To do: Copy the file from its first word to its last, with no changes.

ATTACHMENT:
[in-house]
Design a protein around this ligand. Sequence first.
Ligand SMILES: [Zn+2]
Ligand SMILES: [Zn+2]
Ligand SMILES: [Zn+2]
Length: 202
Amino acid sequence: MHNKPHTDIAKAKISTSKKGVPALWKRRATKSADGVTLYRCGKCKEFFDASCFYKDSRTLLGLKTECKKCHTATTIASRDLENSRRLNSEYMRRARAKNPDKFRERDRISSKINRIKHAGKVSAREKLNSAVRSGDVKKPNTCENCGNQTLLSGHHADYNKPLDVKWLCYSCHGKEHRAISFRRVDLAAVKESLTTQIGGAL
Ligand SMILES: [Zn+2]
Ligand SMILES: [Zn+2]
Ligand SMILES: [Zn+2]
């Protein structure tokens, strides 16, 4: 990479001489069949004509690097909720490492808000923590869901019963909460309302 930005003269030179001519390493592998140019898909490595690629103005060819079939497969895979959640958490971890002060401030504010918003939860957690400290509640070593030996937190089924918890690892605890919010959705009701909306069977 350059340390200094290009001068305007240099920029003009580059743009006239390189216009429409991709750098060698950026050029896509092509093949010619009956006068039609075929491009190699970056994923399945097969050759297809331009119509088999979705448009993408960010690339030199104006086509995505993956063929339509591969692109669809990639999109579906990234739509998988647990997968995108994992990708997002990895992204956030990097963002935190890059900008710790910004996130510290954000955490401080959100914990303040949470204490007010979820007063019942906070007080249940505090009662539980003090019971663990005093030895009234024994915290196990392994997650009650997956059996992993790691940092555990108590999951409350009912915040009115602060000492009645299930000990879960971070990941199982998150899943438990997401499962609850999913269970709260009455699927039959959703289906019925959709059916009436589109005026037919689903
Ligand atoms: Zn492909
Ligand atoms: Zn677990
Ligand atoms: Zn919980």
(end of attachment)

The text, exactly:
[in-house]
Design a protein around this ligand. Sequence first.
Ligand SMILES: [Zn+2]
Ligand SMILES: [Zn+2]
Ligand SMILES: [Zn+2]
Length: 202
Amino acid sequence: MHNKPHTDIAKAKISTSKKGVPALWKRRATKSADGVTLYRCGKCKEFFDASCFYKDSRTLLGLKTECKKCHTATTIASRDLENSRRLNSEYMRRARAKNPDKFRERDRISSKINRIKHAGKVSAREKLNSAVRSGDVKKPNTCENCGNQTLLSGHHADYNKPLDVKWLCYSCHGKEHRAISFRRVDLAAVKESLTTQIGGAL
Ligand SMILES: [Zn+2]
Ligand SMILES: [Zn+2]
Ligand SMILES: [Zn+2]
């Protein structure tokens, strides 16, 4: 990479001489069949004509690097909720490492808000923590869901019963909460309302 930005003269030179001519390493592998140019898909490595690629103005060819079939497969895979959640958490971890002060401030504010918003939860957690400290509640070593030996937190089924918890690892605890919010959705009701909306069977 350059340390200094290009001068305007240099920029003009580059743009006239390189216009429409991709750098060698950026050029896509092509093949010619009956006068039609075929491009190699970056994923399945097969050759297809331009119509088999979705448009993408960010690339030199104006086509995505993956063929339509591969692109669809990639999109579906990234739509998988647990997968995108994992990708997002990895992204956030990097963002935190890059900008710790910004996130510290954000955490401080959100914990303040949470204490007010979820007063019942906070007080249940505090009662539980003090019971663990005093030895009234024994915290196990392994997650009650997956059996992993790691940092555990108590999951409350009912915040009115602060000492009645299930000990879960971070990941199982998150899943438990997401499962609850999913269970709260009455699927039959959703289906019925959709059916009436589109005026037919689903
Ligand atoms: Zn492909
Ligand atoms: Zn677990
Ligand atoms: Zn919980």